Fig. 2.

Microscopic examination showing interlacing fascicles of spindle-shaped cells (haematoxylin–eosin stain, original magnification, ×400).


He was treated with hemiglossectomy. It was reconstructed with a medial sural perforator flap, and no neck dissection was performed on March of 2015 (Fig. 3a–c). The patient had a good functional and cosmetic result with no signs of recurrence in subsequent follow-ups, last one on July 2016.

Fig. 3.

(a) Medial sural perforator artery, (b) immediate post-operative reconstruction and (c) postoperative follow up, good cosmetic outcome with a medial sural perforator flap and no recurrence.

Review of literature

The cases reported in the literature are summarized in Table 1. We included Oral LMS that only affected the tongue; publish in the English and Spanish literature with all the variables included in the table. The exclusion criteria were LMS not affecting the tongue and publication with incomplete medical reports.

Table 1.

Reported cases of primary leiomyosarcoma arising from the tongue.

Study  Year  Gender  Age (yrs)  Site  Metastasis  Treatment  Follow-up (yrs) 
Yannopoulos and Stout  1962  11mo  Tip of tongue  No  Excision  4–6 
O’Day et al.  1964  Sublingual  Yes  Excision  2; deceased 
O’Day et al.  1964  19  Sublingual  Yes  Excision and neck dissection  11 
Goldberg et al.  1970  54  Sublingual  No  Excision  1.5 
Brandjor d et al.  1977  63  Floor of the mouth  Yes  Excision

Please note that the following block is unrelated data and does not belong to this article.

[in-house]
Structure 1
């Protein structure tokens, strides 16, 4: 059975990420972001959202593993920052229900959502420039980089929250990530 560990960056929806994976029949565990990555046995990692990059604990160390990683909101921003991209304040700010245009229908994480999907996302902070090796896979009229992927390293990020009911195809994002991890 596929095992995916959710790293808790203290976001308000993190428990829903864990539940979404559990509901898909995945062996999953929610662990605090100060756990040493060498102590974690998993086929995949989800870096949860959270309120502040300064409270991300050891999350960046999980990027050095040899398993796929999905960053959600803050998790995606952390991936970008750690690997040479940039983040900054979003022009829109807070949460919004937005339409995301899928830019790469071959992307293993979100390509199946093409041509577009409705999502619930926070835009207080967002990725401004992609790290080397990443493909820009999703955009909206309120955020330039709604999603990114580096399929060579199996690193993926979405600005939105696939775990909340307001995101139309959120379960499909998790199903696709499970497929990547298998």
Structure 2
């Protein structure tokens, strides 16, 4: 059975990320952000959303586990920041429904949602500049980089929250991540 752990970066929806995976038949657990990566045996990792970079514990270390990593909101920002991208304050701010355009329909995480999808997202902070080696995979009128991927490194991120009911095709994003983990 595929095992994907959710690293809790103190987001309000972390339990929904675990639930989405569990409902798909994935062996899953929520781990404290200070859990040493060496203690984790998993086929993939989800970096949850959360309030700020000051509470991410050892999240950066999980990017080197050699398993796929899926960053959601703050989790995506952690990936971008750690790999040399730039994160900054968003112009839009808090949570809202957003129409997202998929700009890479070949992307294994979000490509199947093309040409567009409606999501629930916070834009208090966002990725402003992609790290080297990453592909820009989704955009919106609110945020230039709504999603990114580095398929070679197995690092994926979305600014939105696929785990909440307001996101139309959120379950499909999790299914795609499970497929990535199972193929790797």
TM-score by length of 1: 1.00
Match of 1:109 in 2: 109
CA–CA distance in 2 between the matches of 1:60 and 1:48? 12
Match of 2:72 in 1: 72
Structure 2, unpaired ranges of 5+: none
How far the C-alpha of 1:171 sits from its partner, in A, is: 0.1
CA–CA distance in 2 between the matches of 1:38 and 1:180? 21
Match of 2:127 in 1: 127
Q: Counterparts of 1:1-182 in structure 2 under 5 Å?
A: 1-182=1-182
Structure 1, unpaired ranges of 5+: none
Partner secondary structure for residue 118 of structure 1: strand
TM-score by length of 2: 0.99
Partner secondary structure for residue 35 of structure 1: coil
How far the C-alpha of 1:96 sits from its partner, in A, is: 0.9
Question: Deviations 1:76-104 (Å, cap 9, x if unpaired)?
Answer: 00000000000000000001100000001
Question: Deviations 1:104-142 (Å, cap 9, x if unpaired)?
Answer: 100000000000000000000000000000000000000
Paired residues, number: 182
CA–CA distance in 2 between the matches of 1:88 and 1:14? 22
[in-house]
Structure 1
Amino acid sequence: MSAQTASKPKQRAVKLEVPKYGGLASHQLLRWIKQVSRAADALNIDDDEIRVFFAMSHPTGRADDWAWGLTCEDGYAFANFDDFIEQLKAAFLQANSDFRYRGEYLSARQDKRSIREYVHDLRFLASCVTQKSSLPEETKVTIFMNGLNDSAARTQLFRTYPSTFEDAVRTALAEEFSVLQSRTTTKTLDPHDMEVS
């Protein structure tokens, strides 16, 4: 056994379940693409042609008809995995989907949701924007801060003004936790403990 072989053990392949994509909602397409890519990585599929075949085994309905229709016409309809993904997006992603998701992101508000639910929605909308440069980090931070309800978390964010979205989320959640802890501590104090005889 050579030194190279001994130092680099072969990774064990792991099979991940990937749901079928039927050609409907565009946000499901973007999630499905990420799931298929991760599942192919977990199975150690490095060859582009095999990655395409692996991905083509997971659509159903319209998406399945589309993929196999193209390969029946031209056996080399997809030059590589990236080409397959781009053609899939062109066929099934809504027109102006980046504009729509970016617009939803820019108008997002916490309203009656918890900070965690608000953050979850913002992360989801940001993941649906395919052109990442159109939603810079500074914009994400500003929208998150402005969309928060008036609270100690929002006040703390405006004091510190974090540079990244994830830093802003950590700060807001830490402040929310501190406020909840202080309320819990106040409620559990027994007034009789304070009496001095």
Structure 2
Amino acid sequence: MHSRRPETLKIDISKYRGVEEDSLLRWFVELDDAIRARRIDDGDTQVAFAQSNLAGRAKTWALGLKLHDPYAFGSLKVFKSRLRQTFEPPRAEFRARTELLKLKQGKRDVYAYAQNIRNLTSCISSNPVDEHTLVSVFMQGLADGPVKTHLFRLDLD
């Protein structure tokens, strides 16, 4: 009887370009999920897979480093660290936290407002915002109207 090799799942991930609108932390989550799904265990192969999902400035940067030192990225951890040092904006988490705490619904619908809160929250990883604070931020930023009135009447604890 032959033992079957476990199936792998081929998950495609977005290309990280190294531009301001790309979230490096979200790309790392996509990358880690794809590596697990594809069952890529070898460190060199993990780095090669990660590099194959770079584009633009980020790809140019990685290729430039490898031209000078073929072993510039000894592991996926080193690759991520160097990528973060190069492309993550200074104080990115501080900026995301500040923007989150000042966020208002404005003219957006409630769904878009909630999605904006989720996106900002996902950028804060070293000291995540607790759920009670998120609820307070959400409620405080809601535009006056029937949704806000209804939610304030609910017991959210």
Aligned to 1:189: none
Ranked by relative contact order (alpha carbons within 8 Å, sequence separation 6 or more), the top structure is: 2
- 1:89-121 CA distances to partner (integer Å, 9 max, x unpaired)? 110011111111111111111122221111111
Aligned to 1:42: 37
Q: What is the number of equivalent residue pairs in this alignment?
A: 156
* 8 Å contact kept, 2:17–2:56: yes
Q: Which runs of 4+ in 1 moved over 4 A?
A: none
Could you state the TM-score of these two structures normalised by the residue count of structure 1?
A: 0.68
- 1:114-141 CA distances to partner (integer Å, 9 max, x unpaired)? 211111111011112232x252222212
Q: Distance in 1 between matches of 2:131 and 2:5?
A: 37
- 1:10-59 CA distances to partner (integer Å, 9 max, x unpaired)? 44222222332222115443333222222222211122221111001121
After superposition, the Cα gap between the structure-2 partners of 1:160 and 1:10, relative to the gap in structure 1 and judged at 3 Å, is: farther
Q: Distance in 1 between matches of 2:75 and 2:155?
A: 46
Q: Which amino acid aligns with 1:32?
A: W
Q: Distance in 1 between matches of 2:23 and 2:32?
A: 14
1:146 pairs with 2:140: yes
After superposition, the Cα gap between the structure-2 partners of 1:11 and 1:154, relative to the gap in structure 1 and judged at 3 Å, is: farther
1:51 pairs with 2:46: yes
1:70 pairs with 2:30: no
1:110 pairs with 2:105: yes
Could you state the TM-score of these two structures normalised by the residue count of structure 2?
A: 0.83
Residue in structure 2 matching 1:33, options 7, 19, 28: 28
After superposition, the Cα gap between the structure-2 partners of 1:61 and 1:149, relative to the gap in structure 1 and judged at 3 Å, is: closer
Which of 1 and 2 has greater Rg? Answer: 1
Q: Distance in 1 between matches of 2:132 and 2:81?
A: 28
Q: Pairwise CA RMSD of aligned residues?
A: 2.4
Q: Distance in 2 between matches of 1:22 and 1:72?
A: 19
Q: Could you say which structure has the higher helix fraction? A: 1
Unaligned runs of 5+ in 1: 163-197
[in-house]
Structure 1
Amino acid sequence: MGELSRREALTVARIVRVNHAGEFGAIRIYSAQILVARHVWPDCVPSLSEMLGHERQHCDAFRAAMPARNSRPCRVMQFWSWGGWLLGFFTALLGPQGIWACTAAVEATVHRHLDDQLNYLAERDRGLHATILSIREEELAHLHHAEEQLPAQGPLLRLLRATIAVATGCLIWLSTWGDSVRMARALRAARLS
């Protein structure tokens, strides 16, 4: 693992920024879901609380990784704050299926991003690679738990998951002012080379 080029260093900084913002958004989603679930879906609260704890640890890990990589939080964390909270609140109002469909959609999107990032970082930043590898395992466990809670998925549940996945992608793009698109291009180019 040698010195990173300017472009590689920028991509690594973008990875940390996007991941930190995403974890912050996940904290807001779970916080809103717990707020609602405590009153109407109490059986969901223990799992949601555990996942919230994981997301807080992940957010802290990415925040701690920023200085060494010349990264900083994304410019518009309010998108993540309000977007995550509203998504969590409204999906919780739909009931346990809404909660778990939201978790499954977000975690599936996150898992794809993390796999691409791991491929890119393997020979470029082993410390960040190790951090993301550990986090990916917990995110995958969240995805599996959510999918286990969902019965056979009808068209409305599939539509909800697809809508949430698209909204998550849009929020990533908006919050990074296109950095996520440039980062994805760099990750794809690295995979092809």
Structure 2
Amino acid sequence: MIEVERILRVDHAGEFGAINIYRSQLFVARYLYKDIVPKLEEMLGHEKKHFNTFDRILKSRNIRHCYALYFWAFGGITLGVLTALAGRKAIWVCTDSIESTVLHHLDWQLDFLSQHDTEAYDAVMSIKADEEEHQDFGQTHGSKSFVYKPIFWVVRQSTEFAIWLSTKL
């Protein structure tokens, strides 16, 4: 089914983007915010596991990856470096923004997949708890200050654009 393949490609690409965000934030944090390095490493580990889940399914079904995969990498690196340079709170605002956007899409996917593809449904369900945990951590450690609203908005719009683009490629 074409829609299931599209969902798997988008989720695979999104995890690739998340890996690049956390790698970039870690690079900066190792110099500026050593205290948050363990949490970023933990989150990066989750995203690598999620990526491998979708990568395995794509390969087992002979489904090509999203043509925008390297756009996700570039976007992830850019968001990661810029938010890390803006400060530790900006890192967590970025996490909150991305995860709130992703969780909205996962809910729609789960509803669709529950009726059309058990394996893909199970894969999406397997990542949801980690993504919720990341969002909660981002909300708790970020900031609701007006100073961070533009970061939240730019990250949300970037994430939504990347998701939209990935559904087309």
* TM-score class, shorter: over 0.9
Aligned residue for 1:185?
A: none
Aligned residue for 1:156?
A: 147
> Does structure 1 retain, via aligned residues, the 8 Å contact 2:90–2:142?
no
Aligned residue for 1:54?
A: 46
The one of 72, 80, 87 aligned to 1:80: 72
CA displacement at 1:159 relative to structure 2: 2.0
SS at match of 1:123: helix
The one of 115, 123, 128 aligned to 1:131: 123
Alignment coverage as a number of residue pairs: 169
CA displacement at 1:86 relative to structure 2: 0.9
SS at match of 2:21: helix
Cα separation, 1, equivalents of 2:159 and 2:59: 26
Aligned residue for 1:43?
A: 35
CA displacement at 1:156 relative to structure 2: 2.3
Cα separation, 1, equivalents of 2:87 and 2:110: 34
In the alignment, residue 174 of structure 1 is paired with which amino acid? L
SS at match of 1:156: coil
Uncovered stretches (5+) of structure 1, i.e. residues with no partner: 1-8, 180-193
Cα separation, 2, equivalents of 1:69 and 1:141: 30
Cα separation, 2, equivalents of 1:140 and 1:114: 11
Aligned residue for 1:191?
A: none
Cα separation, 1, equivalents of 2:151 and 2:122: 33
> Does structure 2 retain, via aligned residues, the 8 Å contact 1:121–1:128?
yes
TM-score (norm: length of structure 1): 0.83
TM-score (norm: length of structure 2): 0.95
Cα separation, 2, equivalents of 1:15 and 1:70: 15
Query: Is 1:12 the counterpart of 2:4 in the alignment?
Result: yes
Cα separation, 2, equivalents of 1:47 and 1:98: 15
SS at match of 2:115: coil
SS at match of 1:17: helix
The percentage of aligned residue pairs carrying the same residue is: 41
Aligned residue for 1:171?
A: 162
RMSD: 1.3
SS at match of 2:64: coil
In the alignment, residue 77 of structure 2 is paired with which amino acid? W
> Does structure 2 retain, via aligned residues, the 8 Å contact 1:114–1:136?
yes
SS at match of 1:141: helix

Mindell et al.  1975  59  Tongue - Not specified  No  Excision 
Lack  1986  2.5  Base of tongue  No  Excision and chemotherapy 
Aydin and Dreyer  1994  70  Base and dorsum of tongue  No  Radiotherapy  1.5 
Mentzel et al.  1994  88  Floor of the mouth  Yes  Excision  10d, decease 
Mayall et al.  1994  60  Tip of tongue  No  Excision 
Piattelli and Artese  1995  80  Lateral border of tongue  No  Patient rejected treatment  N/A 
Crossman et al.  2008  46  Lateral border of tongue  No  Excision 
Sarra et al.  2009  62  Lateral border of tongue  Yes  No treatment  6 mo 
Yan et al.  2010  48  Floor of mouth  No  Excision and suprahyoid neck dissection  1.5, deceased 
Pires et al.  2010  55  Lateral border of tongue  No  Excision 
Ahn et al.  2011  54  Lateral border of tongue  Yes  Palliative chemotherapy  1mo 
Toranzo et al.  2012  73  Lateral border of tongue  No  Excision 
Shütz  2013  25  Floor of the mouth  No  Excision and neck dissection  6.5 
Present case  2016  41  Lateral border of tongue  No  Excision  1.5